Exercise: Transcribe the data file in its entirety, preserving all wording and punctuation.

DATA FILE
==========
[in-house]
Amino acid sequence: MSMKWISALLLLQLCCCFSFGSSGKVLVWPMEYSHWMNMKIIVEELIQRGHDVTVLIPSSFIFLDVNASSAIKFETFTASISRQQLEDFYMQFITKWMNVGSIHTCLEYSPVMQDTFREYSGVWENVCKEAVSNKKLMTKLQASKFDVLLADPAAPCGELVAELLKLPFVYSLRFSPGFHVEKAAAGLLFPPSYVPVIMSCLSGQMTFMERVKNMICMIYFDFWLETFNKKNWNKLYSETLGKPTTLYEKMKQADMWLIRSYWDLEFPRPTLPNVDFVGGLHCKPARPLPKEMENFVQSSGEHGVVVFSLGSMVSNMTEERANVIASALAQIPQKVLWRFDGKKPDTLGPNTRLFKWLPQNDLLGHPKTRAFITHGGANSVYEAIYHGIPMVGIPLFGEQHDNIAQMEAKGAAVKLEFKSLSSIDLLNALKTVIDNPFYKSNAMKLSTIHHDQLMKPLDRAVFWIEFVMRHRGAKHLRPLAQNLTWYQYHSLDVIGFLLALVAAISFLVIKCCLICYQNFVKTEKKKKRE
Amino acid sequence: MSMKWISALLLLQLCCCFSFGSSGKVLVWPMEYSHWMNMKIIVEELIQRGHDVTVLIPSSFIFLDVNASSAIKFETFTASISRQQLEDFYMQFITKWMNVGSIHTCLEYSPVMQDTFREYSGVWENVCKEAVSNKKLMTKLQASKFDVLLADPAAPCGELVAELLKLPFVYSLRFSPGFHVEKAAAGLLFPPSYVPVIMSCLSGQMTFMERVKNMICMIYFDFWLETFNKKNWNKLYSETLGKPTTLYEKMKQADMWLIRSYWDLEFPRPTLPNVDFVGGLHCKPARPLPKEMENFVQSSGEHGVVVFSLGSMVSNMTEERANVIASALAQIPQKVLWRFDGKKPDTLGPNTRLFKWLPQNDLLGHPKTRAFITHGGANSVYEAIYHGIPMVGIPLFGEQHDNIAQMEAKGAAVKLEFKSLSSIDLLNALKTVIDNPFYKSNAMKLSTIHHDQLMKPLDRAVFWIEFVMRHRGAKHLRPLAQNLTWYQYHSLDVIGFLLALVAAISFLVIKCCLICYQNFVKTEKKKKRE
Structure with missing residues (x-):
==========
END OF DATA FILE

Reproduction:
[in-house]
Amino acid sequence: MSMKWISALLLLQLCCCFSFGSSGKVLVWPMEYSHWMNMKIIVEELIQRGHDVTVLIPSSFIFLDVNASSAIKFETFTASISRQQLEDFYMQFITKWMNVGSIHTCLEYSPVMQDTFREYSGVWENVCKEAVSNKKLMTKLQASKFDVLLADPAAPCGELVAELLKLPFVYSLRFSPGFHVEKAAAGLLFPPSYVPVIMSCLSGQMTFMERVKNMICMIYFDFWLETFNKKNWNKLYSETLGKPTTLYEKMKQADMWLIRSYWDLEFPRPTLPNVDFVGGLHCKPARPLPKEMENFVQSSGEHGVVVFSLGSMVSNMTEERANVIASALAQIPQKVLWRFDGKKPDTLGPNTRLFKWLPQNDLLGHPKTRAFITHGGANSVYEAIYHGIPMVGIPLFGEQHDNIAQMEAKGAAVKLEFKSLSSIDLLNALKTVIDNPFYKSNAMKLSTIHHDQLMKPLDRAVFWIEFVMRHRGAKHLRPLAQNLTWYQYHSLDVIGFLLALVAAISFLVIKCCLICYQNFVKTEKKKKRE
Amino acid sequence: MSMKWISALLLLQLCCCFSFGSSGKVLVWPMEYSHWMNMKIIVEELIQRGHDVTVLIPSSFIFLDVNASSAIKFETFTASISRQQLEDFYMQFITKWMNVGSIHTCLEYSPVMQDTFREYSGVWENVCKEAVSNKKLMTKLQASKFDVLLADPAAPCGELVAELLKLPFVYSLRFSPGFHVEKAAAGLLFPPSYVPVIMSCLSGQMTFMERVKNMICMIYFDFWLETFNKKNWNKLYSETLGKPTTLYEKMKQADMWLIRSYWDLEFPRPTLPNVDFVGGLHCKPARPLPKEMENFVQSSGEHGVVVFSLGSMVSNMTEERANVIASALAQIPQKVLWRFDGKKPDTLGPNTRLFKWLPQNDLLGHPKTRAFITHGGANSVYEAIYHGIPMVGIPLFGEQHDNIAQMEAKGAAVKLEFKSLSSIDLLNALKTVIDNPFYKSNAMKLSTIHHDQLMKPLDRAVFWIEFVMRHRGAKHLRPLAQNLTWYQYHSLDVIGFLLALVAAISFLVIKCCLICYQNFVKTEKKKKRE
Structure with missing residues (x-):